No more bias tape for me.
After everything was shrunk, the tapes were Poly Brushed to the fabric.
|Description||Nice original Bucker Jungman equipped with ENMA Tigre engine 150 hp, inverted flight oil & fuel system.
Ellison inyector and electric starter.
Especial wood propeller.
|Airplane time state||Serial Nº 321 (militar)
42 hs since last overhaul 16.02.2009
|Interior||9/10 standar original|
|Avionics||Radio & Transponder|
More details here: http://www.planecheck.com/?ent=da&id=23315
Everyone in San Diego is looking forward to seeing out friends from all over the world in San Diego in June.
Thanks to Nigel Hitchman for the great picture taken on a fine afternoon on Jan 1. Thats John Hickman in U-79, Me in Steve Craig's U-51 and Glen Cruz in my airplane. Picture taken from Dave Stillinger's front seat.
Some changes at my Internet Service Provider require that some fairly drastic updates be made to this website. It will probably act a little strange for a while :)
I'll get the forum and hte document sections back on line as quickly as I can.
To all Bücker Enthusiasts
We are starting the revival of the legendary Bücker fly-ins that took place in the 1980s at Albstadt-Degerfeld airfield. This year several Jungmeisters from private collections changed ownership and are back in the air. Therefore we would like as many Jungmeisters as possible to join the Jungmanns and Bestmanns and we invite all Jungmeister owners to come and show us their wonderful planes. We also invite all international Bücker enthusiasts to join us, even if they cannot come with their airplanes because they live too far away or on other continents. Degerfeld is located only 50 miles south from Stuttgart airport.
Arrival of Bückers may start on on Friday. On Saturday and Sunday we will enjoy flying our planes. Together, solo, formations, whatever we feel like.
The Degerfeld aero club offers us to use all hangar space and the infrastructure of the field. About 30 Bückers can be hangared over night. I will make hotel reservations nearby at reasonable cost, we also will organize transfer to the hotels. The field offers camp grounds and facilities for those who don`t want to use a hotel room. The restaurant at the airfield will be reserved for us and will offer food and drinks all weekend. It has a wonderful beer garden if weather cooperates. After flying we can use a projector and speakers for all kind of presentations so we can share pictures, videos or watch Bücker movies.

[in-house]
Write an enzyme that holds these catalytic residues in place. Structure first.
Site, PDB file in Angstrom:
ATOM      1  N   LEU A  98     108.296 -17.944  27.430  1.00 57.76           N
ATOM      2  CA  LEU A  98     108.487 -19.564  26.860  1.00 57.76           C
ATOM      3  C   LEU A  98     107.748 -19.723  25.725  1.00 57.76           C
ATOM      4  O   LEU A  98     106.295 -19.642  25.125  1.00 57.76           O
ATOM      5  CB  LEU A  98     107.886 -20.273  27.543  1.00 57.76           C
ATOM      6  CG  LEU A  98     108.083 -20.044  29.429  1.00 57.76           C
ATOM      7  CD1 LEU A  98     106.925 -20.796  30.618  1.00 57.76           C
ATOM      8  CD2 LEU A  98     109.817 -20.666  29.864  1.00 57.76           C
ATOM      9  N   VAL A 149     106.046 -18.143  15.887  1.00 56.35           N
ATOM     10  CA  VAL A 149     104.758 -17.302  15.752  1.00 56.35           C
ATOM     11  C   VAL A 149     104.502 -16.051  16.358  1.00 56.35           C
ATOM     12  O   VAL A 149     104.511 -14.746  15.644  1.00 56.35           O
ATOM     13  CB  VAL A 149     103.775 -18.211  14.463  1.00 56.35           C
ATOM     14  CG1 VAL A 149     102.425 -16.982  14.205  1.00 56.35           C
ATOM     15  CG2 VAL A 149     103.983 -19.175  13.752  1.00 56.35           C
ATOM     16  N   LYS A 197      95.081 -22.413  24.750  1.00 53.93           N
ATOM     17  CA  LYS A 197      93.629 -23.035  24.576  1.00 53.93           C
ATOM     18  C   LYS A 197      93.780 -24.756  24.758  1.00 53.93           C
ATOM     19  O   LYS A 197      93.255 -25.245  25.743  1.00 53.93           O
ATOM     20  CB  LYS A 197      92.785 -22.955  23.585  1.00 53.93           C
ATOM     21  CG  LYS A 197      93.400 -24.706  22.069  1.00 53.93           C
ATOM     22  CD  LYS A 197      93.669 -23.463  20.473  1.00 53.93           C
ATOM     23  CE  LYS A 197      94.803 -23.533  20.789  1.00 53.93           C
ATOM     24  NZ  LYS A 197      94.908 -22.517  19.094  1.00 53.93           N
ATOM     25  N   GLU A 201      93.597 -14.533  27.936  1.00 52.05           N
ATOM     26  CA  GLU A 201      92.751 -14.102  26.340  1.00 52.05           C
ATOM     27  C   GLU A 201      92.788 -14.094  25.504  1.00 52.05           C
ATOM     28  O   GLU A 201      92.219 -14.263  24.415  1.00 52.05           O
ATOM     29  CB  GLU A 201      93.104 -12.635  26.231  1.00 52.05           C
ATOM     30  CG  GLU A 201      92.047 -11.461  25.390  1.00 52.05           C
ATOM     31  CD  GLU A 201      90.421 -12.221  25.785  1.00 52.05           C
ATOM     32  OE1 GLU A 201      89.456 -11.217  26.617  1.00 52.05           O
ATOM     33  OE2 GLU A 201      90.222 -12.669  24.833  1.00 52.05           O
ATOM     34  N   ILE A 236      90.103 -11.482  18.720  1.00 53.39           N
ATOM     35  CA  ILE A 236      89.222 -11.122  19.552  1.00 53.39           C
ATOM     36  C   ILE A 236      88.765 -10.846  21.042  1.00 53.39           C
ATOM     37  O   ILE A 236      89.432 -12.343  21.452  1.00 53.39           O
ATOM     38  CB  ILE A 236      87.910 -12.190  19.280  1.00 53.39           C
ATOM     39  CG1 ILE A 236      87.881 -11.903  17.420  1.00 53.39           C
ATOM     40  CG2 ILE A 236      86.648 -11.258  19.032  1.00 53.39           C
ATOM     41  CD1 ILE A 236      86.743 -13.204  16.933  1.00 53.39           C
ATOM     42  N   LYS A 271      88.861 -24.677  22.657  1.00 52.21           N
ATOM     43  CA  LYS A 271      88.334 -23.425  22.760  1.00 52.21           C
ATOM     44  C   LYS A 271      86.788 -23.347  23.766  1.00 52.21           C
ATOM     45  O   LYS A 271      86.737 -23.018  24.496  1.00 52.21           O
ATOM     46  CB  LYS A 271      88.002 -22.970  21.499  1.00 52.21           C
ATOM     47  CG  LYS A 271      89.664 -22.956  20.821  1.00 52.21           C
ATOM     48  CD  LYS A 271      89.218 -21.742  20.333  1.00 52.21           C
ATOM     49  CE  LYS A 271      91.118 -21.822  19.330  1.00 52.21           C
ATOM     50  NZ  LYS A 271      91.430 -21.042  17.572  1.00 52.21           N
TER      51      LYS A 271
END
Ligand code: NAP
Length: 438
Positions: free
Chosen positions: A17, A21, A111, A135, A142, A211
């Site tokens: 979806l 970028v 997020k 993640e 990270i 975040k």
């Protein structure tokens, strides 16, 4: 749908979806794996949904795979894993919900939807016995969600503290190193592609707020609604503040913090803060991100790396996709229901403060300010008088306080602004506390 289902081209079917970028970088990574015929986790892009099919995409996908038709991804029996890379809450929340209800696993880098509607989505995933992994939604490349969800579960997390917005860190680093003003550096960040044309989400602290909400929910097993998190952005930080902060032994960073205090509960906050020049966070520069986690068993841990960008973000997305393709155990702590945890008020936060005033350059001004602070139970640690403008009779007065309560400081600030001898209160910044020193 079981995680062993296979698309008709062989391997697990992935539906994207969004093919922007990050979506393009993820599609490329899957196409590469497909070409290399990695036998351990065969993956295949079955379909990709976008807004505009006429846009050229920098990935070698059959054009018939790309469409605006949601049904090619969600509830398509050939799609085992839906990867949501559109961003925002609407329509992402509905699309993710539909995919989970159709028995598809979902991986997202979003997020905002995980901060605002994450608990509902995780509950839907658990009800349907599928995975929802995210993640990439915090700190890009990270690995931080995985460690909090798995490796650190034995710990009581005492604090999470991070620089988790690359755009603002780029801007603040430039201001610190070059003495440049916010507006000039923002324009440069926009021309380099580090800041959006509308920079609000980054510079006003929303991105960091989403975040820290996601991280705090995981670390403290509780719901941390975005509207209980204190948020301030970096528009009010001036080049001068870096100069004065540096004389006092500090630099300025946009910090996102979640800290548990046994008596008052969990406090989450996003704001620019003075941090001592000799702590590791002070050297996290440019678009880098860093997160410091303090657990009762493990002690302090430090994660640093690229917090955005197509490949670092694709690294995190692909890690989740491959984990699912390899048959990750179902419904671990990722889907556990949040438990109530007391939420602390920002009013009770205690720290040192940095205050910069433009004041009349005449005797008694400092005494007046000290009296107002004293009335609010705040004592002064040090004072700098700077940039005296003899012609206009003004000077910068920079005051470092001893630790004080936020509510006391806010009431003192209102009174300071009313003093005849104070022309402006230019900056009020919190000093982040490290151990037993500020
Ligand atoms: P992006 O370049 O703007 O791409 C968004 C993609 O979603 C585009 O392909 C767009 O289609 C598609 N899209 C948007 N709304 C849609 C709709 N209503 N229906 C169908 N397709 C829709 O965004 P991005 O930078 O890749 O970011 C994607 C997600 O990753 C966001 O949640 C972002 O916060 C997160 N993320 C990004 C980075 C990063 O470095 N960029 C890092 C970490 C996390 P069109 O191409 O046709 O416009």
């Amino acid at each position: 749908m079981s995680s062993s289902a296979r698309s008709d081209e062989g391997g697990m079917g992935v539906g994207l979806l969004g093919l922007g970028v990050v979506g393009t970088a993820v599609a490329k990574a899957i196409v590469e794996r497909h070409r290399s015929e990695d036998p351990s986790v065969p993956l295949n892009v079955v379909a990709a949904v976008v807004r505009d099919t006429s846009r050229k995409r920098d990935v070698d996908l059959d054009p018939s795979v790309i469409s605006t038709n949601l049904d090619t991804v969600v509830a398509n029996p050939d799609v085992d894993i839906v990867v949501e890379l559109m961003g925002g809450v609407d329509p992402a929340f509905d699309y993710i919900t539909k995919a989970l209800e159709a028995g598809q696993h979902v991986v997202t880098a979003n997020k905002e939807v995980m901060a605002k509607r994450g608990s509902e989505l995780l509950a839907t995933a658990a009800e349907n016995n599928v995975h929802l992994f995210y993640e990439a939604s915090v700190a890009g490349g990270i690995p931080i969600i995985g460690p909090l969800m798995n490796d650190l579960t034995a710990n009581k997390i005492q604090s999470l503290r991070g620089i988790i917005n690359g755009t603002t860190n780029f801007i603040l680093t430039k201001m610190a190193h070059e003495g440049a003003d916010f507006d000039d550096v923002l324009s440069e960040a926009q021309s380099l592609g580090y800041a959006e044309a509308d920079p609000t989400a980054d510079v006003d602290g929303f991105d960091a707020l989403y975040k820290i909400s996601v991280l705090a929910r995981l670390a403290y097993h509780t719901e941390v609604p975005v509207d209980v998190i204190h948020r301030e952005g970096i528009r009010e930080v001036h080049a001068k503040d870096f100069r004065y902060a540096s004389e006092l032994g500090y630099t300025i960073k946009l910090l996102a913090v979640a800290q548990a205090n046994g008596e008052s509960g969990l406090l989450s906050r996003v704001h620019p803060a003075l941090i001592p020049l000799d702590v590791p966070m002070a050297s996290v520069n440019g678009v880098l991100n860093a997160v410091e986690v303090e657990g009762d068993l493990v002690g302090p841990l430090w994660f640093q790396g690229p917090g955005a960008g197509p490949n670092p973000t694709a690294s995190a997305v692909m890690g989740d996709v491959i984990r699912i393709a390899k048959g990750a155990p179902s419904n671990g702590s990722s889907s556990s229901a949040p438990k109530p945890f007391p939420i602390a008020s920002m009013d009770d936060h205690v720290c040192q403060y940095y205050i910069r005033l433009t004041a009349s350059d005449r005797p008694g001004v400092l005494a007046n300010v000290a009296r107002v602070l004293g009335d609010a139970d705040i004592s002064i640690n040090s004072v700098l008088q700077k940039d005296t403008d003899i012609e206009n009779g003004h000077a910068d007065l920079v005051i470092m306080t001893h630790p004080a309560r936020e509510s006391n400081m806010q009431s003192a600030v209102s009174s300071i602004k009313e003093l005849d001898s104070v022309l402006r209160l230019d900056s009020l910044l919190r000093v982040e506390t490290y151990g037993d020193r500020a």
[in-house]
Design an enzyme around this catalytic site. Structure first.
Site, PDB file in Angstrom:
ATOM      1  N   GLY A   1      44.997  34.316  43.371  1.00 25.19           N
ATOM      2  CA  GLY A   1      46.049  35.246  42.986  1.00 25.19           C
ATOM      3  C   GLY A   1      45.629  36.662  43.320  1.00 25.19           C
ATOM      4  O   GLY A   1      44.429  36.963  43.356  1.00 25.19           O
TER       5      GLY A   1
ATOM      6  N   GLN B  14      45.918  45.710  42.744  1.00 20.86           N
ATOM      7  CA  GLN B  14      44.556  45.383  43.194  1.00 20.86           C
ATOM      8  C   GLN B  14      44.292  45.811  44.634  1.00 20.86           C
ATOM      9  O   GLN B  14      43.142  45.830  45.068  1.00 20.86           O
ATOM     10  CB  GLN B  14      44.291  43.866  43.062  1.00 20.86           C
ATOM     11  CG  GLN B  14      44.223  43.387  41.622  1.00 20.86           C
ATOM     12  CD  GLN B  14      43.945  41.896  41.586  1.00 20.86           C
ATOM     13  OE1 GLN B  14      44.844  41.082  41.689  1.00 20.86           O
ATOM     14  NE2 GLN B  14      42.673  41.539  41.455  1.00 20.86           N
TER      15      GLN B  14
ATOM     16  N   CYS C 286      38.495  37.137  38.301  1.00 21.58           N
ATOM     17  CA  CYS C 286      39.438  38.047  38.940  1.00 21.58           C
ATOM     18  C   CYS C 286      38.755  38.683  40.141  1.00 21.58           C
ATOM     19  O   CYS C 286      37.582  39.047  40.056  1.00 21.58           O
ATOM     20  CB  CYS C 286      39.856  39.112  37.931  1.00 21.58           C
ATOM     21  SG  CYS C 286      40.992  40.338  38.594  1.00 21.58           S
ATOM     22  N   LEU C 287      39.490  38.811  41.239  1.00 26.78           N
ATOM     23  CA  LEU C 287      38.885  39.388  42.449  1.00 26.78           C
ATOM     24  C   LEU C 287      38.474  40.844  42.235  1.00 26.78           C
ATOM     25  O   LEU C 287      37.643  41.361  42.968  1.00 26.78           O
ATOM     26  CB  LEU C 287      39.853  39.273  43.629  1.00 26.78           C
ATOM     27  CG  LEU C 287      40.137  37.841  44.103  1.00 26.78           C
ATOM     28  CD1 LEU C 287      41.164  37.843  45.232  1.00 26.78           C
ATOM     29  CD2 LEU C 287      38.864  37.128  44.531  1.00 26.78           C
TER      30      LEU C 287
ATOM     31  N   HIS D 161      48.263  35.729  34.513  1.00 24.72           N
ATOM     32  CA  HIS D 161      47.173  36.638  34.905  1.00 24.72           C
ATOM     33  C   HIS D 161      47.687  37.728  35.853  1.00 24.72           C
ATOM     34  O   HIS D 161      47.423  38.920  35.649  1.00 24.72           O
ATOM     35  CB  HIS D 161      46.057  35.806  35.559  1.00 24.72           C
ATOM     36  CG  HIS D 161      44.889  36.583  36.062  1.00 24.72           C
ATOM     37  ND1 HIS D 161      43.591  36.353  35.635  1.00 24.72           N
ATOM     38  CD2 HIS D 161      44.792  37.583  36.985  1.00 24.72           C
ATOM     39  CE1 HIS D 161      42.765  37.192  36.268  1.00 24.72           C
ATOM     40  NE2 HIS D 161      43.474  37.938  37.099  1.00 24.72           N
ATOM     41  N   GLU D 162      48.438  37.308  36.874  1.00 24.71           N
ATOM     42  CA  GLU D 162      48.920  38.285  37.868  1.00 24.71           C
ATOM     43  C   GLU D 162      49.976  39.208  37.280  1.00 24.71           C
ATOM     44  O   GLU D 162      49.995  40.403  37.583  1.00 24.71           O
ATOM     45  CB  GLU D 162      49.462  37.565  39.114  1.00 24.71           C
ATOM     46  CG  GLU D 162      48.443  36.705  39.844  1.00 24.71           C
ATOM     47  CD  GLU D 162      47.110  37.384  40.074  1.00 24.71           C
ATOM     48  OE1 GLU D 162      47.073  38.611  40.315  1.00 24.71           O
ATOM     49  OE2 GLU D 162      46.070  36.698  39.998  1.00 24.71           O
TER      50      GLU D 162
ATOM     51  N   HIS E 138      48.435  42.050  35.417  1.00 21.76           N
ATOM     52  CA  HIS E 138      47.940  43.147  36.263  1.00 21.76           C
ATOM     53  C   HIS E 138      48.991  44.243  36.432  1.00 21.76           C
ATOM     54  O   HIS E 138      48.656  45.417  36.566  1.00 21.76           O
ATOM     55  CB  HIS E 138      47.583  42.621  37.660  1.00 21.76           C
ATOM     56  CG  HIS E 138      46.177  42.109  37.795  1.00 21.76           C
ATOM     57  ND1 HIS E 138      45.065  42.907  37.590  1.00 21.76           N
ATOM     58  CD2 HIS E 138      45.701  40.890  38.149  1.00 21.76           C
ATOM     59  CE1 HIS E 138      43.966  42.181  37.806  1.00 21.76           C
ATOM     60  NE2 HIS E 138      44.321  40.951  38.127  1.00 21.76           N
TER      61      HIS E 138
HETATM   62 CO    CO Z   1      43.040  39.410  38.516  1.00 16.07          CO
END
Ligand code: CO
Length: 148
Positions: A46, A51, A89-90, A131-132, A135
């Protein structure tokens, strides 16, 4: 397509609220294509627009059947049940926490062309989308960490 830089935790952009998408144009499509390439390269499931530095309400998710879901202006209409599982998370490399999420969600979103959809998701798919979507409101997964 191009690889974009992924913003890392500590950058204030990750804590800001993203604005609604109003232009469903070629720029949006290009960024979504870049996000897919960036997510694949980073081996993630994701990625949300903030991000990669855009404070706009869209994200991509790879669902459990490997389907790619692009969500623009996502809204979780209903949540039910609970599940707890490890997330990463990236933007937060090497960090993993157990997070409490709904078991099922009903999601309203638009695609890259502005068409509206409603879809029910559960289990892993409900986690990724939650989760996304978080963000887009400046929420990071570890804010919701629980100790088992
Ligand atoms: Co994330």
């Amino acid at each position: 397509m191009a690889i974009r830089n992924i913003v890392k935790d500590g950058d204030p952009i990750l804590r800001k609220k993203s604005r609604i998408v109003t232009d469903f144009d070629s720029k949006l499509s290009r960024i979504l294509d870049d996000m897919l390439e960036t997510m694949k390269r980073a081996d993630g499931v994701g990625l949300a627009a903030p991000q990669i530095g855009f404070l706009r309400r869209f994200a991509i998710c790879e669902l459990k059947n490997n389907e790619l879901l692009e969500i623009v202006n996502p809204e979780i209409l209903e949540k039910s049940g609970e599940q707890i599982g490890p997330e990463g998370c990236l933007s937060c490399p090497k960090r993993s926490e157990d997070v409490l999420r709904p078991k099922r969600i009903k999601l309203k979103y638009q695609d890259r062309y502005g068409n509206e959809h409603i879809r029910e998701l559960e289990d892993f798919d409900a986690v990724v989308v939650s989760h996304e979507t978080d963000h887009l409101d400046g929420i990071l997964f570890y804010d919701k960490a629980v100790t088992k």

I believe that some of the participants of the 1980 fly-ins will join us even if they cannot come with their own planes any more. Those gentlemen are pioneers from flying times when military offered their Bücker trainers to Aero-Clubs or private parties. They all have great stories to tell. I want to encourage all of you to send me stories on paper, by email, videos, CDs or any other stuff that you would like to share with the Bücker community. Data, facts, technical documents, anything that is interesting for Bücker owners and pilots. Everybody is welcome to present Bücker material during our fly-in.
Klaus-Jochen Rieger is now very close to publish a new Bücker book that he created following the legendary book „Die Bücker Flugzeuge" by Erwin König. He will certainly join us and tell us about the immense work he did to put this great new book together.
Artur Düsterhöft of the Bavarian-Bücker-Formation-Flyers will present stories about their travels to the East and far North of Europe in their Bücker planes.
Please let me know soonest whether you will join our Bücker fly-in and let me know how many persons will join and whether you want me to take care of the hotel arrangement for you.
We are looking forward to welcome you and we hope that we will have the chance to exchange a lot of Bücker stories, experiences and expertise about our great Bücker airplanes.
Mit freundlichen Grüßen
Hermann Diebold + Jürgen Hüfner for LSV Degerfeld
work fax: +49-7477-871-53
Mailing address: Hermann Diebold, Konstantin-Killmaier-Weg 19, D-72379 Hechingen, Germany
jetzt steht es fest, wir machen unser lang angekündigtes Bückertreffen
am Degerfeld im Geiste der legendären Treffen der 80er Jahre als sich bis zu 50 Bücker am Flugplatz getroffen hatten. Im Mittelpunkt soll dieses Mal die 133er Jungmeister stehen.
In 2013 haben mehrere flugfähige Maschinen aus privaten Sammlungen neue Besitzer gefunden. Es wäre schön wenn möglichst viele 133er zu unserem Treffen kämen.
Anreise ist schon am Freitag möglich. Wir machen ein fly-in ohne offiziellen Flugtagcharakter. Dadurch brauchen wir keine Sicherheitseinrichtungen wie Absperrungen oder Feuerwehr und auch keine Zulassung durch das Regierungspräsidium. Wir können also vor allem frei fliegen wie`s uns gefällt, alleine, zusammen, Formationen einfach alles was uns Spaß macht.
Der Verein stellt uns die Infrastruktur des Flugplatzes zur Verfügung, für die Unterstellung der Bücker Flugzeuge stehen uns alle Hallenplätze zur Verfügung, so dass die meisten Bücker Flugzeuge (ca. 30) einen trockenen Unterschlupf finden werden. Übernachtungen sind in der näheren Umgebung in Hotels verschiedener Preisklassen möglich, der Transfer wird von uns organisiert. Die Hotelreservierung mache ich für Euch. Es könnte allerdings sein dass diese Übernachtungen bezahlt werden müssen falls Personen die reserviert haben, nicht kommen können und die Hotels die Zimmer anderweitig verkaufen könnten. Albstadt ist sehr aktiv mit Rad-Events und es könnte uns an diesem Wochenende treffen. Camping am Platz ist ebenfalls möglich.
Die Flugplatzgaststätte steht uns die ganze Zeit zur Verfügung, dort können wir uns mit Essen und Getränken verwöhnen lassen, die Gartenwirtschaft mit Blick auf den Flugplatz ist wunderschön, vor allem wenn das Wetter passt. Am Abend können wir mit Beamer, Leinwand und Lautsprecheranlage alles präsentieren was wir einander mitteilen wollen.